Question about Black & Decker PI400AB Power Inverter
My black and decker p1400ab power inverter turns on then the yellow light comes on and it turns itself off
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Posted on Jan 02, 2017
First, you should be aware that the exact inverter is available for under 40 dollars all over the US. Your model is sold under several names - check out http://search.harborfreight.com/cpisearch/web/search.do?keyword=inverter .
I suspect that your INPUT power level is not adequate for the inverter to put out the 200W that the 150W charger needs. If you have low current and low voltage - then the inverter can only put out a proportionally smaller AC wattage level. You may also have a faulty voltage sensor....at the input. Once the inverter sees a low level (even momentarily), it alarms and shuts down the output until the unit is reset (turned off/back on)
Posted on Jan 01, 2010
The problem of your inverter is from
your battery .your laptop and dvd
player requires little current to
operate.But you tv requires more power
to run, if your battery is low you it will
not last for 3 minutes. If your battery
has a low current rating, it will also be a
cause, for example, if it is below
100ampere hour. Lastly if your battery
is bad i.e. if it reads below the
stipulated dc voltage Require by your
inverter to operate.
Posted on May 10, 2010
There are two possibilites: the first is the over 400W power draw, the other is how you have the inverter connected. Do you have the inverter connected directly to the battery terminals (the clips) not the outlet plug (cigaretter lighter)? This is needed for any load over 80W and under 400W. (the inverter can handle a load demand over the 400W limit but only for short periods (800W).)
What is the load that your PC pulls (Is it a laptop or a desktop)? The laptop in my home has either a 65W or a 90W load (depending on the battery and the AC adapter we are using). Desktops take much more power (usually).
I hope this helps.
Posted on Jul 15, 2010
The output of this inverter (and most others) is a modified sine wave, which isn't quite the same as a true sine wave - like you get from a wall outlet. Unfortunately, most transformers (which is essentially what your laptop power-supply is) require a true sine-wave. Your inverter will work fine for many other 110V applications. You can buy an inverter with a true sine-wave output, but they are more expensive.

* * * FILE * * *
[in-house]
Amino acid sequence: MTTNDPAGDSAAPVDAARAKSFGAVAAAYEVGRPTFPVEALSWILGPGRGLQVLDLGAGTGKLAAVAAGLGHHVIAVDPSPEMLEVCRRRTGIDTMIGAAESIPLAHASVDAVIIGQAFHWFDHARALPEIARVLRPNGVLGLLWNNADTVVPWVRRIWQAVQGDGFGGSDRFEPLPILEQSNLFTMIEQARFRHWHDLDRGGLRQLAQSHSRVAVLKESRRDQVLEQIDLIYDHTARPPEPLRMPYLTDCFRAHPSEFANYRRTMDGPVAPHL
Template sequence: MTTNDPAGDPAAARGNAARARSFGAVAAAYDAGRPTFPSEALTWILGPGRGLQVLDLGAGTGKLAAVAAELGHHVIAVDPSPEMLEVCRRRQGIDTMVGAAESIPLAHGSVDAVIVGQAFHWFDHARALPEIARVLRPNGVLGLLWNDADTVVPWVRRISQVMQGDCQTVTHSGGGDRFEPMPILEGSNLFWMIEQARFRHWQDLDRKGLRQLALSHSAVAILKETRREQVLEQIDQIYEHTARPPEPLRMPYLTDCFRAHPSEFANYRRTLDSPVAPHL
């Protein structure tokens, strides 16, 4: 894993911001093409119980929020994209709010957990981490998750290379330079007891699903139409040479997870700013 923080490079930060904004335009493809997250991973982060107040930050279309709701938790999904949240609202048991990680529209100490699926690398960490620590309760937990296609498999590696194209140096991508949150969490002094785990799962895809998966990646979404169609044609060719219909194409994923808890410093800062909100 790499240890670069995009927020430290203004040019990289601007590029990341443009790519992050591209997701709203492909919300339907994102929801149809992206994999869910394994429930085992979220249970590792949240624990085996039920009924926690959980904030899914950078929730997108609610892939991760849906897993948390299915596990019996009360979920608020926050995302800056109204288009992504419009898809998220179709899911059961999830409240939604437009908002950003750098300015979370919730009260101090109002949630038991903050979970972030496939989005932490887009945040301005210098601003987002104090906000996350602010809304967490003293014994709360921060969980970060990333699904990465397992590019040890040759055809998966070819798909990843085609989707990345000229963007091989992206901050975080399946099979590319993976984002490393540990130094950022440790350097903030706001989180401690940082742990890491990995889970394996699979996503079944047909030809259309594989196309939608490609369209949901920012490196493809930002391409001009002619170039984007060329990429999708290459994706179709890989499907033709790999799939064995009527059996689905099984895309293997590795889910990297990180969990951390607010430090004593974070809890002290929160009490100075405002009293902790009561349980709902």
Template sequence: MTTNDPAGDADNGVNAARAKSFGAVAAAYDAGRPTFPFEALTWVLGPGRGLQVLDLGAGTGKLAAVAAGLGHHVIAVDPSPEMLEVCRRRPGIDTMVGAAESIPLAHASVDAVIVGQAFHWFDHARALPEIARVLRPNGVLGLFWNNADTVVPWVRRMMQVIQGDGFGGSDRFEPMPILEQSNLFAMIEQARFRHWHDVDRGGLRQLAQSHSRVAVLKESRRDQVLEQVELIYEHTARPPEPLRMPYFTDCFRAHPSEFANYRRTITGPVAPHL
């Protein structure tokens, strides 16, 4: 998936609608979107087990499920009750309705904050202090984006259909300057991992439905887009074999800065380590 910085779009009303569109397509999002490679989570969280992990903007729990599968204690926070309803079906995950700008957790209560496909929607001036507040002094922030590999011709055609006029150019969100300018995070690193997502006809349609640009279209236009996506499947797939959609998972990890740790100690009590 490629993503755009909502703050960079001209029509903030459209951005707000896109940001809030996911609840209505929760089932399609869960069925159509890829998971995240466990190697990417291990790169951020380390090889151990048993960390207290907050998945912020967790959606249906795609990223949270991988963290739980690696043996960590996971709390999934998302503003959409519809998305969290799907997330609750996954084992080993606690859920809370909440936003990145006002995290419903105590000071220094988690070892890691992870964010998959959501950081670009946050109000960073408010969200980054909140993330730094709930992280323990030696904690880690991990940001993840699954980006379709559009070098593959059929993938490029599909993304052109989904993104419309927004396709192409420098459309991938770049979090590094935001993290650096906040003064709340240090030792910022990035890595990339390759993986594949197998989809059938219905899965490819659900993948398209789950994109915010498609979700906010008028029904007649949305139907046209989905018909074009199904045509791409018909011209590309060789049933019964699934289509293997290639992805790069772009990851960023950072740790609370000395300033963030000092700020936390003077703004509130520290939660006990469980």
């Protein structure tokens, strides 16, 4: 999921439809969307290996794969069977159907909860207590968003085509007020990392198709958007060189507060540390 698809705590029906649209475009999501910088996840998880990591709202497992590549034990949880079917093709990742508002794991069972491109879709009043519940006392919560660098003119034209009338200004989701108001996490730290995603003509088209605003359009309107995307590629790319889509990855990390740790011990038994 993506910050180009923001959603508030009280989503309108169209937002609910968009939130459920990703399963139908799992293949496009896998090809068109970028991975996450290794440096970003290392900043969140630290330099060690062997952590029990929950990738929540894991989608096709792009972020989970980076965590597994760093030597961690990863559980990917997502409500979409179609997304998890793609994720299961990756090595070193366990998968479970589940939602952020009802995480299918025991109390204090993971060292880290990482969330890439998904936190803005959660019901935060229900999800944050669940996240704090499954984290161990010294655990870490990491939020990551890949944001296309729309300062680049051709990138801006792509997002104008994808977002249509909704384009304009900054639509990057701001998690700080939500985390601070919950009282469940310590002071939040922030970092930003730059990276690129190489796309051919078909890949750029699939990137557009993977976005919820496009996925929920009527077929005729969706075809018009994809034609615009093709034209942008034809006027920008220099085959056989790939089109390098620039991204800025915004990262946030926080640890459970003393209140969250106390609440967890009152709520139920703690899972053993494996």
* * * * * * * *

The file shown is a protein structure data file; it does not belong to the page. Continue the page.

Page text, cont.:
Posted on Aug 19, 2010
I've had this inverter for about two years now, bought it for a cross
country road trip to power my laptop and a couple of other things. I've
pretty much liked it. Yes, the fan is a little noisey, yes, you have to
use the provided battery clips for heavy loads. But it powers my Dell
Inspiron 8500 laptop just fine (and its an old powerhog).
Recently a I let a friend use it with his inflatable mattress air pump during a camping trip.
What I didn't know is his pump has insane wattage, and it fried/bricked the inverter instantly.
Agh! I thought it was a goner, but took the time to look inside the unit. (Which is a solid and sturdy metal case, not plastic as another reviewer indicated). I was thrilled to discover there were some internal fuses. And while the fuses are soldered to the circuit board, if you've done any soldering at all they really are a snap to replace.
If you remove the four screws that hold the end cover plate on the side with the fan. You can remove the end plate and have just about a half inch or so of clearance. The entire lower circuit board will then slide out with firm pressure about an inch and a half (don't try and go any further, components on the other side prevent it).
On the right side (positive/red terminal side), you will see two 25 amp mini-fuses that are directly soldered to the circuit board. If these are blown (you can see through the semi-transparent sides if they still connect), that is most likely your problem. They are easily available from most auto and big department stores (Walmart, Target, etc) in their automotive sections.
I used a 40 watt soldering iron (30 watt should work fine), and applied it to the bottom of the circuit board where the fuse legs poke out the bottom. Using a pair of pliers, I applied a firm steady pressure to the fuse, pulling up, while applying the soldering iron to each of the legs (alternately) of the fuse. The solder melted, and I was able to work the fuse out in a few seconds. I did this for both fuses.
The replacement fuses cost all of $2. I dipped the new fuse legs in flux, then put them in the place of the old fuses. Again I heated the circuit board solder from below, and pushed the new fuse in place. Repeat with the second fuse until it is in place. Flip the board over and add some more new solder until it is firmly in place. Put it back together, and you are back in business! And for a whole lot less than a new inverter.
I've got pics of this process if anyone would like them. Good luck, and happy inverting.
Posted on Sep 21, 2010
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